# Algorithms in Everyday Mathematics

## Algorithms in Everyday Mathematics

Everyday Mathematics includes a comprehensive treatment of computation. Students learn to
compute mentally, with paper and pencil, and by machine; they learn to find both exact and
approximate results; and, most importantly, they learn what computations to make and how to
interpret their answers. The following sections describe in general terms how Everyday
Mathematics approaches exact paper-and-pencil methods for basic operations with whole
numbers. For details about particular algorithms and for information about how the program
teaches mental arithmetic, estimation, and computation with decimals and fractions , see the
Everyday Mathematics Teacher’s Reference Manual.

In Everyday Mathematics, computational proficiency develops gradually. In the beginning,
before they have learned formal procedures, students use what they know to solve problems.
They use their common sense and their informal knowledge of mathematics to devise their own
procedures for adding, subtracting, and so on. As students describe, compare, and refine their
approaches, several alternative methods are identified. Some of these alternatives are based on
students’ own ideas; others are introduced by the teacher or in the materials. For each basic
operation, students are expected to become proficient at one or more of these alternative
methods.

The materials also identify one of the alternative algorithms for each operation as a focus
algorithm. The purpose of the focus algorithms is two-fold: (i) to provide back-up methods for
those students who do not achieve proficiency using other algorithms, and (ii) to provide a
common basis for further work. All students are expected to learn the focus algorithms at some
point, though, as always in Everyday Mathematics, students are encouraged to use whatever
method they prefer when they solve problems.

The following sections describe this process in more detail. Note, however, that although the
basic approach is similar across all four operations, the emphasis varies from operation to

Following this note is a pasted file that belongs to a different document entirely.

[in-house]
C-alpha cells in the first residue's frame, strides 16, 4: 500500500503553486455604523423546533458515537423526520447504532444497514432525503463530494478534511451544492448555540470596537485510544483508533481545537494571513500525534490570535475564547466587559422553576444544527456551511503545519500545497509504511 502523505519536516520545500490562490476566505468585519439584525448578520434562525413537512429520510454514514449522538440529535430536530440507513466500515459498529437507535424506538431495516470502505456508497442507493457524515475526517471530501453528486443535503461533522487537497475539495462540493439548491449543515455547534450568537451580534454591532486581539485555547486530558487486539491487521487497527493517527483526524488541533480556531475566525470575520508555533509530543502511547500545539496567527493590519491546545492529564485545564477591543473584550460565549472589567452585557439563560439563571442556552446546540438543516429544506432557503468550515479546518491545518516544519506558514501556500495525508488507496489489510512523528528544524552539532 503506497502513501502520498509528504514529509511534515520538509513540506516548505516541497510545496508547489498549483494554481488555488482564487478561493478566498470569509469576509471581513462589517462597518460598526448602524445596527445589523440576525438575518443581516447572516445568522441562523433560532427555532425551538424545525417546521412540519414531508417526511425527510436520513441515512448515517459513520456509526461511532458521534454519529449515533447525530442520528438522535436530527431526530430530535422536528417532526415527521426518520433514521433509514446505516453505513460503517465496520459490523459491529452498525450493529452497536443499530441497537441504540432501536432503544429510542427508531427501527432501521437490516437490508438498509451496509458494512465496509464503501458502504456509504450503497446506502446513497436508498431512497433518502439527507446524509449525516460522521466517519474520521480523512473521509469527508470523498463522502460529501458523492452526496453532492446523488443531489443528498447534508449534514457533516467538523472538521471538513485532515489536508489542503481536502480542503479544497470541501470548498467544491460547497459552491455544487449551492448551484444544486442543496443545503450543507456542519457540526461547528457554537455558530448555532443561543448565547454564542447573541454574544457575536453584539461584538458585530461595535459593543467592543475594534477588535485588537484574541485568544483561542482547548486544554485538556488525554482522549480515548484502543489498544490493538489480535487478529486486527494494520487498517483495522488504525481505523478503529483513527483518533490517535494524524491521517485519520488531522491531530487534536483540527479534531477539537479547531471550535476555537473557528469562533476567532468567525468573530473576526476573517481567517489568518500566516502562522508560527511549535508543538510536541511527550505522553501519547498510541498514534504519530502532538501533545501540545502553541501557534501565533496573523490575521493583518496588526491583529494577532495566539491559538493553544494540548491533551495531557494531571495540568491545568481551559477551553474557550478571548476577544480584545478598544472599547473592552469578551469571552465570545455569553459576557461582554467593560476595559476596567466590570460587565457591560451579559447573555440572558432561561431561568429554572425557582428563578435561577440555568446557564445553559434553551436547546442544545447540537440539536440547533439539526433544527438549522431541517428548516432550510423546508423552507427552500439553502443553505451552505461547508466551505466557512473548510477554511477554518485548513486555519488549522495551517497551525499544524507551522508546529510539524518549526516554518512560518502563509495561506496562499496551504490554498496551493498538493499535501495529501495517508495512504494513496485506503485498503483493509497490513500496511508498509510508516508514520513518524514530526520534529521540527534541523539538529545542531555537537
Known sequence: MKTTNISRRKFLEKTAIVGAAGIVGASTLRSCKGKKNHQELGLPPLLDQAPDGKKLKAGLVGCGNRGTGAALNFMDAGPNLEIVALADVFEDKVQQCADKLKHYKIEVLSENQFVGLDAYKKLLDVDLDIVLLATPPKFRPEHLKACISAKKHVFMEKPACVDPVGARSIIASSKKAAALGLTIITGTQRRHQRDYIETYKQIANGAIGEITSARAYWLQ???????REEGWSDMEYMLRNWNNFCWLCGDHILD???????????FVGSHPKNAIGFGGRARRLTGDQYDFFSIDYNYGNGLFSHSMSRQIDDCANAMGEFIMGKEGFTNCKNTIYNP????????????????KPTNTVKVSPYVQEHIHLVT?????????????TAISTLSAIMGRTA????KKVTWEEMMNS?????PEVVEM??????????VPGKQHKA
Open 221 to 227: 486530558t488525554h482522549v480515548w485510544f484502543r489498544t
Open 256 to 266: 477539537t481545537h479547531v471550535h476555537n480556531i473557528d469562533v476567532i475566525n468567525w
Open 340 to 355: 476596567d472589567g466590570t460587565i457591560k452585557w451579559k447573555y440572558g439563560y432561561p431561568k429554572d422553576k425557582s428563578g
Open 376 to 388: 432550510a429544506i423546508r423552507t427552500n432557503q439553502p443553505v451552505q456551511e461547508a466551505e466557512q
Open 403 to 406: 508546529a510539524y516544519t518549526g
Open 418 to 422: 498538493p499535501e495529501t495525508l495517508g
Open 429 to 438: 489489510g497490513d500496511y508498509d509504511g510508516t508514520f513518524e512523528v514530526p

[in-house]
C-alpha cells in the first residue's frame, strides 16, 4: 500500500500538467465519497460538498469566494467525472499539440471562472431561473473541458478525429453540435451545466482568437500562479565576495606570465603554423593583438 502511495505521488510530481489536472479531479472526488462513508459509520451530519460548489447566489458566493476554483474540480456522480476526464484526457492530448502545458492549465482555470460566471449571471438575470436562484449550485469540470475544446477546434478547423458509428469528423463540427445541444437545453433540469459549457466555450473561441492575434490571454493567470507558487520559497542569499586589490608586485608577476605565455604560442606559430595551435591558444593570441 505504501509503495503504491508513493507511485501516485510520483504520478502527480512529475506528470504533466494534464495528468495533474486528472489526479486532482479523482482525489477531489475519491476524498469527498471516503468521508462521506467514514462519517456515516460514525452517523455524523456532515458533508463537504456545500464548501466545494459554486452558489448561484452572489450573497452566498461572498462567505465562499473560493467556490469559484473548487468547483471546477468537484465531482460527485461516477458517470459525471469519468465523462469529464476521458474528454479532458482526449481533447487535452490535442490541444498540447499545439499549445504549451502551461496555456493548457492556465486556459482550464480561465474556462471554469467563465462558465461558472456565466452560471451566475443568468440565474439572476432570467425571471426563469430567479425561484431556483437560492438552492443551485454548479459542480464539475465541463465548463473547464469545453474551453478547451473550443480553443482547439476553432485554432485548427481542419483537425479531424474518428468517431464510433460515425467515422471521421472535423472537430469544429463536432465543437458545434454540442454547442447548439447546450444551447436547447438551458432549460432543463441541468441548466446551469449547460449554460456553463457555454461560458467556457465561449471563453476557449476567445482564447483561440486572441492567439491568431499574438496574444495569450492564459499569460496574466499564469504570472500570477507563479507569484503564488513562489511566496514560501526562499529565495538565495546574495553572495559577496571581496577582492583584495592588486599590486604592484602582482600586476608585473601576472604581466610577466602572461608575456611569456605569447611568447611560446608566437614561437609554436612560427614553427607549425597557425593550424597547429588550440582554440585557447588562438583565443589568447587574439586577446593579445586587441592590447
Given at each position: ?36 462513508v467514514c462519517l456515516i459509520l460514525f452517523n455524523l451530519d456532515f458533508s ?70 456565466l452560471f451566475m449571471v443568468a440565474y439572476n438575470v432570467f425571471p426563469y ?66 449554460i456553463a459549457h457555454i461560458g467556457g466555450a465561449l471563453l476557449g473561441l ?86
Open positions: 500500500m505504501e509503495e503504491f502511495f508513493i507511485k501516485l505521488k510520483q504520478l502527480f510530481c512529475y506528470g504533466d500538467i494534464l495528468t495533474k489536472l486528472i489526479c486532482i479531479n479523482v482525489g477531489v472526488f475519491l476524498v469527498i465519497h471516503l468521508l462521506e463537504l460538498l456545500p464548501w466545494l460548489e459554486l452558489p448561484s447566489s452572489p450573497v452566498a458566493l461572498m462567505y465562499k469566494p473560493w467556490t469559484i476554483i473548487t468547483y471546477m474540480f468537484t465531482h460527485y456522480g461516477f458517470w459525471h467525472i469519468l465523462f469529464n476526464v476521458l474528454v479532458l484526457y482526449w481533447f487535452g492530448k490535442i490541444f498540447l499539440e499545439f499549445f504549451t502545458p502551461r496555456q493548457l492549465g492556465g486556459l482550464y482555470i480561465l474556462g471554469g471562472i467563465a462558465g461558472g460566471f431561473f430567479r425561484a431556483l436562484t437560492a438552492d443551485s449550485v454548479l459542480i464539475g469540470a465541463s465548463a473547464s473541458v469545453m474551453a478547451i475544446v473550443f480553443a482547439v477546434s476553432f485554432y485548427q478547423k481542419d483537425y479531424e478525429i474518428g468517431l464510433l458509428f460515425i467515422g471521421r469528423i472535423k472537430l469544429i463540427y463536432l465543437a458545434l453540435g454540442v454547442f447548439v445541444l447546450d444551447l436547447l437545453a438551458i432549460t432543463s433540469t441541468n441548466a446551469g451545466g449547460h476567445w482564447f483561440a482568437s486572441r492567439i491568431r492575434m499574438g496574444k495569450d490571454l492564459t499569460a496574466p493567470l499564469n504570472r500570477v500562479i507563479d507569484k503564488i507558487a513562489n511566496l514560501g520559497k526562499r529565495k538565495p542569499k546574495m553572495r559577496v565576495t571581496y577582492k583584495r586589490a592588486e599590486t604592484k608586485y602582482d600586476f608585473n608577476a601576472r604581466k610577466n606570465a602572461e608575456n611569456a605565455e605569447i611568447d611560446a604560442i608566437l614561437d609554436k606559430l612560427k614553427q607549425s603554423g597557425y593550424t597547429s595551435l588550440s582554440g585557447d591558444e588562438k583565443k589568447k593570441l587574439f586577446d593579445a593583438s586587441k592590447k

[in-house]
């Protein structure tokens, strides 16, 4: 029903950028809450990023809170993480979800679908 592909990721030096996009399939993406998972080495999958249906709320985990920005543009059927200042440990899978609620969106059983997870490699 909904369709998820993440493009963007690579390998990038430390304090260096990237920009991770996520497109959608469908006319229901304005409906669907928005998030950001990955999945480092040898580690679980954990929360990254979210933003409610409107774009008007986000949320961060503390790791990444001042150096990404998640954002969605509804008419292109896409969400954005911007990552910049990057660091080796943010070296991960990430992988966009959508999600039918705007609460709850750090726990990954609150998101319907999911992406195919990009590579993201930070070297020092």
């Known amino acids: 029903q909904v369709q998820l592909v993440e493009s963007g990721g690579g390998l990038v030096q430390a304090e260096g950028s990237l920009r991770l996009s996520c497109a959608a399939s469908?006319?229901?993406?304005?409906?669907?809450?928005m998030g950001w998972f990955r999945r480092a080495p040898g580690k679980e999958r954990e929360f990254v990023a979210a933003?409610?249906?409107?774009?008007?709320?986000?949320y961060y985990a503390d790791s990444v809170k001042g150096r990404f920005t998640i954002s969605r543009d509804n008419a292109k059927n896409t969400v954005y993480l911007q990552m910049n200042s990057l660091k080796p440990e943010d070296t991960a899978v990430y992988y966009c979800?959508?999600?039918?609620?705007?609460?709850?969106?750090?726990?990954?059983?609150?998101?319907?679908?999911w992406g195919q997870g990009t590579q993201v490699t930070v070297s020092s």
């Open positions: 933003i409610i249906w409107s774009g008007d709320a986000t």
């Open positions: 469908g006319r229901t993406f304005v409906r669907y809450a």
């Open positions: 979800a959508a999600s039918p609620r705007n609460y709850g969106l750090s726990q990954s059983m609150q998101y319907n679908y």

operation because of differences among the operations and differences in students’ background
knowledge. For example, it is easier to invent efficient procedures for addition than for division.
There is, accordingly, less expectation that students will devise efficient procedures for solving
multidigit long division problems than that they will succeed in finding their own good ways to

Invented Procedures

When they are first learning an operation, Everyday Mathematics students are asked to solve
problems involving the operation before they have developed or learned systematic procedures
for solving such problems. In second grade, for example, students are asked to solve multidigit
subtraction problems. They might solve such problems by counting up from the smaller to the
larger number, or by using tools such as number grids or base-10 blocks, or they may use some
other strategy that makes sense to them. This stage of algorithm development may be called the
invented procedures phase.

To succeed in devising effective procedures, students must have a good background in the
following areas:

• Our system for writing numbers. In particular, students need to understand place value.
• Basic facts. To be successful at carrying out multistep computational procedures,students need proficiency with the basic arithmetic facts .
• The meanings of the operations and the relationships among operations. To solve 37 –
25, for example, a student might reason, “What number must I add to 25 to get 37?”

Research indicates that students can succeed in inventing their own methods for solving basic
computational problems (Madell, 1985; Kamii & Joseph, 1988; Cobb & Merkel, 1989; Resnick,